“She’s Not Gay” by Ron Mustard of Dayton

Director: Amy MagnusMary: Lauren Shows

Jason: Elias Kelley

Chris: Zan Holtgrave

“Changing Room” by Matt Raska of Yellow Springs

Director: Matt RaskaBetty: Ellen BallereneGinny: Jeanna GunderKlineVivian: Jessica Thomas Lizzie: Shekinah Williams

“Cowboy Chuck” by Robb Willoughby of Yellow Springs

Director: Robb WilloughbyMorris: Reilly DixonStanley: Jeremy HoltgraveCowboy Chuck: Troy Lindsey

“Standing Rock” by Jennie Hawley of Dayton

Director: Jenny WestfallCultural Consultant: Sommer McGuire Chaytan: Paul DunnKimimela: Sommer McGuire Evelyn: Cynthia Karns

“Toast” by Bren Coombs of Chicago

Director: Ellen Ballerene Alex: Shekinah Williams Whitley: Jeanna GunderKline

“Orpheus Alone” by Tim Morand of Yellow Springs

Director: Tim MorandOrpheus: Stefanie WallaceIno: Jan Weinkam

Pompey: Tim Morand


Bomani Moyenda (“George Floyd’s Lament) has lived the majority of his life in Yellow Springs, Ohio and is a graduate of Yellow Springs Schools as are his four children. He holds a B.S degree in Business Administration from Kettering University in Flint. Michigan. His volunteer activities include African American Cross-Cultural Works, The Human Relations Commission, The 365 Project, Inc. and the Martin Luther King Day Planning Committee, Black Lives Matter Miami Valley.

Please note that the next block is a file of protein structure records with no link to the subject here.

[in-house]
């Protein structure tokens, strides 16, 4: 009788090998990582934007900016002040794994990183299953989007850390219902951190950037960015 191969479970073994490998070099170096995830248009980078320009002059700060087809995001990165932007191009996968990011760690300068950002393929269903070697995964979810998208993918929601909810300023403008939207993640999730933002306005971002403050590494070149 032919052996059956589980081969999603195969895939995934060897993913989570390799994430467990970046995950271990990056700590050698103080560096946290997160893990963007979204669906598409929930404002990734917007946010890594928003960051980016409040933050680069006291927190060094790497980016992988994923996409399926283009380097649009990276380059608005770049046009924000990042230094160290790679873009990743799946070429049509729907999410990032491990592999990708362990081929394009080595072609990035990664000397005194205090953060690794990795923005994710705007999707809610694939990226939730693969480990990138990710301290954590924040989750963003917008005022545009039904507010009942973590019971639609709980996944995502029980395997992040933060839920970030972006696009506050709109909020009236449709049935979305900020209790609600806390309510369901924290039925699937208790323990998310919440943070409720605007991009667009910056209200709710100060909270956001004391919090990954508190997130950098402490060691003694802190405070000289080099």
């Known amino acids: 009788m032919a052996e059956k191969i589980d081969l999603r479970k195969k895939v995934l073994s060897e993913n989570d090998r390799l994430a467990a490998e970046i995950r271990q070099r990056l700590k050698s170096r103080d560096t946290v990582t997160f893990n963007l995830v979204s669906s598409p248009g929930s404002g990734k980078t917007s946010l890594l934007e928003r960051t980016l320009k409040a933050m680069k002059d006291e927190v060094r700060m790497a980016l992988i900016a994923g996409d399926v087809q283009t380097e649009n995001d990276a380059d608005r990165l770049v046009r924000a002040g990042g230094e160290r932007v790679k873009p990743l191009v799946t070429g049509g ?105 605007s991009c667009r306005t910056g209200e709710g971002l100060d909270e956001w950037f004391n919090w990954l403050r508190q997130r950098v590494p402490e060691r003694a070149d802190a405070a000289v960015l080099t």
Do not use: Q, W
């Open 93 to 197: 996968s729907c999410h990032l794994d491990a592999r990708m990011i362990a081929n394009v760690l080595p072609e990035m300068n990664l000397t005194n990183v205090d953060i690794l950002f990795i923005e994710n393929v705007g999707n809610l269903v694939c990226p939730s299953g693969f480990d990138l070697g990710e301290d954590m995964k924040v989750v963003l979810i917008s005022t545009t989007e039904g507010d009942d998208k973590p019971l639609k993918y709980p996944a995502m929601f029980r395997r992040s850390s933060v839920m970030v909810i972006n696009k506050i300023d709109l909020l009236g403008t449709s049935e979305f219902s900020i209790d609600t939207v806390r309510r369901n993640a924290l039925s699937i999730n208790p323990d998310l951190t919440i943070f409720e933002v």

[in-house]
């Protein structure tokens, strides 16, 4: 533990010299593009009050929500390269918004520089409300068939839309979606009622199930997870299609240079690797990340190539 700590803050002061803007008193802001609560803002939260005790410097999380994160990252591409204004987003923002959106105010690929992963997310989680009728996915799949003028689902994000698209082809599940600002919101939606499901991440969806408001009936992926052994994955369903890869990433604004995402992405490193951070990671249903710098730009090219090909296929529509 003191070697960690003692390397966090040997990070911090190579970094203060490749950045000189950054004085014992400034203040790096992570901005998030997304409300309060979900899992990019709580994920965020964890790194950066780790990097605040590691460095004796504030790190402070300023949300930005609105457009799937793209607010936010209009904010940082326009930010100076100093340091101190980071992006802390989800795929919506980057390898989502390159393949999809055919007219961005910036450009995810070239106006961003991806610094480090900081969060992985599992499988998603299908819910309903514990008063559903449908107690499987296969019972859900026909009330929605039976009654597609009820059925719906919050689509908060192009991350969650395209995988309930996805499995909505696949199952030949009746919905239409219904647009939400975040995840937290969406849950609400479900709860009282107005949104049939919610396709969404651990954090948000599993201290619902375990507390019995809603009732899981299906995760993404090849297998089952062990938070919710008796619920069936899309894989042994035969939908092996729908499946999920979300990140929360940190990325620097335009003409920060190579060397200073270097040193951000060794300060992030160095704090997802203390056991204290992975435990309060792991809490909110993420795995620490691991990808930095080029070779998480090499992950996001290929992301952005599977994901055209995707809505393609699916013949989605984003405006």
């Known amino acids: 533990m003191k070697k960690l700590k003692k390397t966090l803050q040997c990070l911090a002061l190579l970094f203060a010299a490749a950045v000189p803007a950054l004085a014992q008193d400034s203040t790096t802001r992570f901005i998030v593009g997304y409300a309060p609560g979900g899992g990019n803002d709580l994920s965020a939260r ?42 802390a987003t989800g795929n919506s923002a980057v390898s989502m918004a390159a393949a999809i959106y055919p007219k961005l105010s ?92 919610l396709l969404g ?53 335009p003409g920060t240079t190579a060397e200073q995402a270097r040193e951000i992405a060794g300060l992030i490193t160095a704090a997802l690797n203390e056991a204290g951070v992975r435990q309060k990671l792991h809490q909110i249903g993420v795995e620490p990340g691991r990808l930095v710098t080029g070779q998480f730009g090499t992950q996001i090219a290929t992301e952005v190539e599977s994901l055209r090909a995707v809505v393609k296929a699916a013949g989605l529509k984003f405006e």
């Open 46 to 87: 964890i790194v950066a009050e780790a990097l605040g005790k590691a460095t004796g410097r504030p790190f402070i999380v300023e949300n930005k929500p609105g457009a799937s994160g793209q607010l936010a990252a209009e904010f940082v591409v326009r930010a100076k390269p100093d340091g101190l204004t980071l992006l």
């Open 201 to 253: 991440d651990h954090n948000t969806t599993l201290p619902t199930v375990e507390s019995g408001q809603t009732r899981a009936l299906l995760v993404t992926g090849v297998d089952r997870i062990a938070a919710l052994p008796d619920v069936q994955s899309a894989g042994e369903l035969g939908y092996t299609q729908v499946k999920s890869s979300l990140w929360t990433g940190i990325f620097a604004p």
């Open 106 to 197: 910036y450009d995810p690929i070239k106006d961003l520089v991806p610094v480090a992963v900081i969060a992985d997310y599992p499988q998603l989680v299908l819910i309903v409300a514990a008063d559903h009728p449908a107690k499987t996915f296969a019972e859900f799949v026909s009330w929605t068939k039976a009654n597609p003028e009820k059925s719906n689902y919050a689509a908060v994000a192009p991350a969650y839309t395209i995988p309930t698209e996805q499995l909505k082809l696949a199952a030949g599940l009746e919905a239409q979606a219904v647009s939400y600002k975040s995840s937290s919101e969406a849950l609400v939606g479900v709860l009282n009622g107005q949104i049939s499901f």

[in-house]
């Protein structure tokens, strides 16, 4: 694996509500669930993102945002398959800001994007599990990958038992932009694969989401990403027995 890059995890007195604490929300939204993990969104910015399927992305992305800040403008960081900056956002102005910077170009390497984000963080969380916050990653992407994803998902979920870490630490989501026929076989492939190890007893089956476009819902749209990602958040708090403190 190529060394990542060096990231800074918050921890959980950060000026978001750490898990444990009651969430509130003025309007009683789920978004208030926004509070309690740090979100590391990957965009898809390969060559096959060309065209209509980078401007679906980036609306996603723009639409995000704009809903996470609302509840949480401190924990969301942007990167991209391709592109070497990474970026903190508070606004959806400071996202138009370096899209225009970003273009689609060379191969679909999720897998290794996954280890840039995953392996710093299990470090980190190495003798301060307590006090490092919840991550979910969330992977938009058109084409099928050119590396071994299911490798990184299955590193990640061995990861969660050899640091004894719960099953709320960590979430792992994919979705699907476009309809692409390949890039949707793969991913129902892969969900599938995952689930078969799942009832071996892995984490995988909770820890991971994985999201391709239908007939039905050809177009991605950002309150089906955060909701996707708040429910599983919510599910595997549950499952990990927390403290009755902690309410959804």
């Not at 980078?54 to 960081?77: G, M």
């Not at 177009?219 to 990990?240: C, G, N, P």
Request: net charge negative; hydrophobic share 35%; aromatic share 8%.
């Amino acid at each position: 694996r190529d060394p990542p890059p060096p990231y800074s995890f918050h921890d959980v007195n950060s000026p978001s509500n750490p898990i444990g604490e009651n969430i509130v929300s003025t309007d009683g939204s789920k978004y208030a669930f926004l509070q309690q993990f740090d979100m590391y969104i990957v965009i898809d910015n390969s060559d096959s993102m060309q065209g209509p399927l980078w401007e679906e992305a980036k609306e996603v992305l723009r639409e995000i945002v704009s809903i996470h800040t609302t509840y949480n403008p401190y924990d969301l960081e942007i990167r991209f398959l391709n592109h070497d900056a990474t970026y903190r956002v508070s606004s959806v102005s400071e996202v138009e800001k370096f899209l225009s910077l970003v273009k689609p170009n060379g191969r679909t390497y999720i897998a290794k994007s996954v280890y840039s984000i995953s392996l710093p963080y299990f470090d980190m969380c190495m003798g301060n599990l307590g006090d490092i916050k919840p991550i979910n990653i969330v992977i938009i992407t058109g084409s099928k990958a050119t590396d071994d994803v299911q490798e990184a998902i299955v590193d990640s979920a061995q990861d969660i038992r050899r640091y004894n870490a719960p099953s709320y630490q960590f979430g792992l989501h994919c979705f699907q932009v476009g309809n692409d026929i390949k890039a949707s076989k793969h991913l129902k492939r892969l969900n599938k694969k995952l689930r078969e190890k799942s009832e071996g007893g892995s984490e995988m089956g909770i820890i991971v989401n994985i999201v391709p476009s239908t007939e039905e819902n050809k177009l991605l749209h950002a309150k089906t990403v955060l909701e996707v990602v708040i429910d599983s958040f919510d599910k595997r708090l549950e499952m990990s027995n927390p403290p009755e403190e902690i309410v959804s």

He was the winner of the 1997 Paul Laurence Dunbar Poetry Prize at Sinclair Community College and has participated in many local and area poetry readings and also had poetry published in African Voices Magazine (New York). In 2015 he created a writers’ group, Writers Eclectic (WE) which remains active. Moyenda is a writer and poet who has led several local poetry jams”. He contributors a monthly column to the Yellow Springs News entitled “Sankofa Talk” and to a blog entitled Writing While Black.